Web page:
Bernard Haitink, one of the world’s most esteemed maestros, conducted his final concert at Amsterdam’s Concertgebouw on Saturday.
In January, it was announced that the 90-year-old Dutch conductor would take a sabbatical. In a recent interview with de Volkskrant, Haitink suggested that this would most likely be retirement.
Haitink became chief conductor of the Royal Concertgebouw Orchestra in 1961, a position he held for 27 years. Additionally, he served as principal conductor of the London Philharmonic Orchestra (1967-1979), the Glyndebourne Festival Opera (1978-1988), the Royal Opera House, Covent Garden (1987-2002), the Staatskapelle Dresden (2002-2004), and the Chicago Symphony Orchestra (2006-2010). When the Chicago Symphony offered him the position of music director he declined, citing his age, saying, “every conductor, including myself, has a sell-by date.” Instead, he described his role as that of a “caretaker.”
Haitink’s 65-year-long career is closing where it began in July, 1954—with the Netherlands Radio Philharmonic and a program featuring Bruckner’s Seventh Symphony. On September, 6 he will conduct his final concert at the Lucerne Festival in Switzerland.
Norman Lebrecht published a recollection by Chicago Symphony violist, Max Raimi. Here is an excerpt:
Because his technique was so unfussy and drew so little attention to itself, it was almost universally underestimated. With a minimum of motion, he could give you every single particle of information you needed. I always could play with confidence and freedom under his baton. I read once that he admonished student conductors, saying “Don’t distract the musicians–they are very busy!”
Here is NPO Radio 4’s recorded broadcast of Saturday’s concert. The program begins with five songs by Richard Strauss, featuring the Swedish soprano, Camilla Tilling.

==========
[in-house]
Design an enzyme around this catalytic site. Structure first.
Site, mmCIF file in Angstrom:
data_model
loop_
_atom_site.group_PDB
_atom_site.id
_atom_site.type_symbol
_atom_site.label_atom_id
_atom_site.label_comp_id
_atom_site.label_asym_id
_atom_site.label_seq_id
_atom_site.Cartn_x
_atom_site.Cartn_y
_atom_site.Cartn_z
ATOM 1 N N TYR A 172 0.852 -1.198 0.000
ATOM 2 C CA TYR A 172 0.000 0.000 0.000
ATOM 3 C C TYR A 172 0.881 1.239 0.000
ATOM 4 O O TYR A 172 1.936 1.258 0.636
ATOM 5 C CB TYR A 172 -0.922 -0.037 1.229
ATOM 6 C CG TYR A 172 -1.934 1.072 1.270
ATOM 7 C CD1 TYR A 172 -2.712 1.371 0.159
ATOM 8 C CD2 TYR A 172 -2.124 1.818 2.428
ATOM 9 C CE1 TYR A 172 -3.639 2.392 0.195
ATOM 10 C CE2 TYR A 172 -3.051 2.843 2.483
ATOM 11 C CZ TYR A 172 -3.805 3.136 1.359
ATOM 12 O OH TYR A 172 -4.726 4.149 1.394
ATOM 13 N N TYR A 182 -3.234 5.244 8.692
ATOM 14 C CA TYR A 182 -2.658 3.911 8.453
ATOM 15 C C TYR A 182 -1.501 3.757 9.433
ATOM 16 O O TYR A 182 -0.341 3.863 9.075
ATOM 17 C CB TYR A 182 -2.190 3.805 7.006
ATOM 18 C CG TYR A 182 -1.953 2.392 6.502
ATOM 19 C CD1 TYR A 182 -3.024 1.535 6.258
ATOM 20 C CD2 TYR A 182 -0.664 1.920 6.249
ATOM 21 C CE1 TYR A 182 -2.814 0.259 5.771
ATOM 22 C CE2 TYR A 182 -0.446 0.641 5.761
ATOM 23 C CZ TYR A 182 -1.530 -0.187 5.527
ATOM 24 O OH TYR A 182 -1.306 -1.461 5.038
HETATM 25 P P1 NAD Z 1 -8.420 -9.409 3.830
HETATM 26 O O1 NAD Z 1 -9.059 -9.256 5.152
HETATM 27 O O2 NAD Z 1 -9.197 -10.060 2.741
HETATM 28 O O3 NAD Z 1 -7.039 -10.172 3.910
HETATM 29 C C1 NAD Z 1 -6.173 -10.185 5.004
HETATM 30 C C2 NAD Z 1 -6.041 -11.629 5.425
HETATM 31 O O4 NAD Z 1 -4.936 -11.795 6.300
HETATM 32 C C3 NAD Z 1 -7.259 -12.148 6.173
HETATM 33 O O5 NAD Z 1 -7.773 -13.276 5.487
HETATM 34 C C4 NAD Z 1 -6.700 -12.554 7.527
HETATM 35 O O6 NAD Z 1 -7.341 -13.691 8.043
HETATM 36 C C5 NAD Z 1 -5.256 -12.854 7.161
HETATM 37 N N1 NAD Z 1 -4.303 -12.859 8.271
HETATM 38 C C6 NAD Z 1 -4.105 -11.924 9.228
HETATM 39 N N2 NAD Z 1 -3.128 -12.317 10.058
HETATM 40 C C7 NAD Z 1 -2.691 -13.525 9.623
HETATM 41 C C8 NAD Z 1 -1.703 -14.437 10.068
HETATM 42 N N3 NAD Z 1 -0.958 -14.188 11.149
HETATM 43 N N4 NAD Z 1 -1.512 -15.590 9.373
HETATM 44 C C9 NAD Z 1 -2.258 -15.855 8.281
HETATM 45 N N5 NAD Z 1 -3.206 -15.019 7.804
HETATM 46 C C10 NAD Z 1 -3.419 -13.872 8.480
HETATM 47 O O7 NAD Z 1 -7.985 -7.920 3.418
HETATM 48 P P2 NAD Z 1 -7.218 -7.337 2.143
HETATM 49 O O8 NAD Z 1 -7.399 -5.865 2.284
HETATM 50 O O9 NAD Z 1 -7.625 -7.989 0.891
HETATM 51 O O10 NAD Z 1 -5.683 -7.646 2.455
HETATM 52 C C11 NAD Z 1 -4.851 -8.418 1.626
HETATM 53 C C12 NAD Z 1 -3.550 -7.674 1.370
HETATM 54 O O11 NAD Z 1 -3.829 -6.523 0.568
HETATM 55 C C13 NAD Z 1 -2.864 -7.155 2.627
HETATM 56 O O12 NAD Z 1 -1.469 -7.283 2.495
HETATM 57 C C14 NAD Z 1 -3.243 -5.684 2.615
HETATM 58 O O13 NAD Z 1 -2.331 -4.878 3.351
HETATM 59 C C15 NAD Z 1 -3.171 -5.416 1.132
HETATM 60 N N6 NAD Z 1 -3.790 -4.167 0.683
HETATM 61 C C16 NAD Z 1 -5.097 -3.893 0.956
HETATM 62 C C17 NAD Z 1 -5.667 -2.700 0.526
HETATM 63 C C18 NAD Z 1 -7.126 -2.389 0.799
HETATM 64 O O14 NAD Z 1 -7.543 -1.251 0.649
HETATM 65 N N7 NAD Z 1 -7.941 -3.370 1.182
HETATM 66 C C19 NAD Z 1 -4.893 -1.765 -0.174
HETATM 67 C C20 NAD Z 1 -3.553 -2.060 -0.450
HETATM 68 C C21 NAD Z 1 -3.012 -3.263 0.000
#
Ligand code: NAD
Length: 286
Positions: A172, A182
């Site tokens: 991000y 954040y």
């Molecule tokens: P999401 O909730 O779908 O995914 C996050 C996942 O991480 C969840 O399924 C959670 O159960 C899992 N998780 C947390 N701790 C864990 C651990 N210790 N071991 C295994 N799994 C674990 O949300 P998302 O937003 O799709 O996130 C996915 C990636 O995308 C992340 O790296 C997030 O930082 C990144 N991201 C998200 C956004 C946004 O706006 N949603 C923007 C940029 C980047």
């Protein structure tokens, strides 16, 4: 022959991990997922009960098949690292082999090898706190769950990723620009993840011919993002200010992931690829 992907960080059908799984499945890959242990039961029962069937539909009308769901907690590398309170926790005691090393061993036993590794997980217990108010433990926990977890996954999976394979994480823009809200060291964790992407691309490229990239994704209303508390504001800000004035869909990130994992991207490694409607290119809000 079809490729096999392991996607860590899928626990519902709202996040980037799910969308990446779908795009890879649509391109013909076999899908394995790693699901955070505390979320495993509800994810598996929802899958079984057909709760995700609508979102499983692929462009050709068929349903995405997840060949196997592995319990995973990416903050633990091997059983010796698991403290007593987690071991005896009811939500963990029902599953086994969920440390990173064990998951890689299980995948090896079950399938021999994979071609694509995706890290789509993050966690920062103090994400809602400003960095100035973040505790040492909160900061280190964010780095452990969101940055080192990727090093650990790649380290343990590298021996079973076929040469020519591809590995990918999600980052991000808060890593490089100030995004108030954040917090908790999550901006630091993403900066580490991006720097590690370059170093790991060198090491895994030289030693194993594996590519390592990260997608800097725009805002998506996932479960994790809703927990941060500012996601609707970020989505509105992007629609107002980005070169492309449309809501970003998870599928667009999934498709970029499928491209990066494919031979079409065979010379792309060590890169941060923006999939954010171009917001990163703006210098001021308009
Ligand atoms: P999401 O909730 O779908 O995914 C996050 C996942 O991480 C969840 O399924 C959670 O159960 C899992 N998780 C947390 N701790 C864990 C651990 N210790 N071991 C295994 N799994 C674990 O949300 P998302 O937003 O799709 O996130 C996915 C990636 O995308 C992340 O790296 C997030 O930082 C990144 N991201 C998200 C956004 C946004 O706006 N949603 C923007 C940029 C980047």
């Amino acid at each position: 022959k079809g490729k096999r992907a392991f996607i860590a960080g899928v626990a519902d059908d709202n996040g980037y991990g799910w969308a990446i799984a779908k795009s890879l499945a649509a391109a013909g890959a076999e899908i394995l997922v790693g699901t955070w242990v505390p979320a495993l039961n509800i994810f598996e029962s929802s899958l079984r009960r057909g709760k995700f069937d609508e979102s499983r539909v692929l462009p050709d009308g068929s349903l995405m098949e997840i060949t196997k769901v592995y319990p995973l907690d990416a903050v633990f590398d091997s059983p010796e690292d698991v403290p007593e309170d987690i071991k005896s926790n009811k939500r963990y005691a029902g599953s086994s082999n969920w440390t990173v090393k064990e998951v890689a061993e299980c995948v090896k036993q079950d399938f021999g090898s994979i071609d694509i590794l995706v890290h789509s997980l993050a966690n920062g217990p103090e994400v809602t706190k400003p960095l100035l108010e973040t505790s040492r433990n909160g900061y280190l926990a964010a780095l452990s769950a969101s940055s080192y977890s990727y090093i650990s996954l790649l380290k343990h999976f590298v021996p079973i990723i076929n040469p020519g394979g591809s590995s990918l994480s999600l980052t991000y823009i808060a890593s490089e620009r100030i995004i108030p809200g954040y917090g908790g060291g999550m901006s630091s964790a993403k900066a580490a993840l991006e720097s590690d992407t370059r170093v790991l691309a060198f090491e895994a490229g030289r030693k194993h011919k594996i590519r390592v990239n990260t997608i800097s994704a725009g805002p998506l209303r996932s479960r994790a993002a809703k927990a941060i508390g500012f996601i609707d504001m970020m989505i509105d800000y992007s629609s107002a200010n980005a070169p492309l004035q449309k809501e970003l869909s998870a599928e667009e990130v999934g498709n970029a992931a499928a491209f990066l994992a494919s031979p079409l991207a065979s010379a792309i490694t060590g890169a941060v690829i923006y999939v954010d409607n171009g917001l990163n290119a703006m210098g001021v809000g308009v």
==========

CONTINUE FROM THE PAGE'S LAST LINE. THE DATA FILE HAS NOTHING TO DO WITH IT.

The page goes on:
Das Rosenband (“The Rose-Colored Ribbon”) is the first of Strauss’ 1897 4 Lieder, Op. 36. This is followed by Ich wollt ein Sträußlein binden (“I Would Have Made a Bouquet”) and Säusle, liebe Myrte! (“Whisper, dear Myrtle”) from the 1918 Sechs Lieder, Op. 68. Next comes Die heiligen drei Könige aus Morgenland (“The Three Holy Kings”) from the 6 Lieder, Op. 56 from 1906. Concluding the set is the celestial Morgen! (“Tomorrow!”) from the 4 Lieder, Op. 27, which Strauss wrote in May, 1894 as a wedding present for his wife, Pauline.
Strauss’ songs seem to pause and look back with a lamenting nostalgia, as if trying to hold onto something fleeting and ephemeral. Amid these shimmering orchestral colors, the shifting sands of chromatic harmony, and moments of static timelessness, there is a sense of the door closing on Romanticism and the world of nature.
All of this aching beauty provides the perfect introduction for the second half of the program, Anton Bruckner’s Symphony No. 7 in E Major (beginning at 26:05). In a previous post, I offered a few thoughts on this majestic, mystical and sometimes terrifying piece. It’s music which unfolds gradually and inevitably, giving us a sense of solemn wonder at every moment. As the commentator Robert Simpson has pointed out, the first movement’s opening is only “delicately poised on E major” and this home key’s “reinstatement” emerges slowly over the course of the movement—a structure which gives us a sense of the unique symphonic experience this music offers. Richard Atkinson provides an excellent analysis of the haunting pedal point in the final moments of the first movement.
Five Great Haitink Recordings
- Mozart: Le nozze di Figaro k. 492, Glyndebourne Festival, 1999
- Beethoven: Symphony No. 7 in A Major Op. 92, Concertgebouw Orchestra (1985)
- Mahler: Symphony No. 3 in D Minor, Bavarian Radio Symphony Orchestra (2017)
- Strauss: Eine Alpensinfonie Op.64, Concertgebouw Orchestra (1985)
- Shostakovich: Symphony No. 5, Concertgebouw Orchestra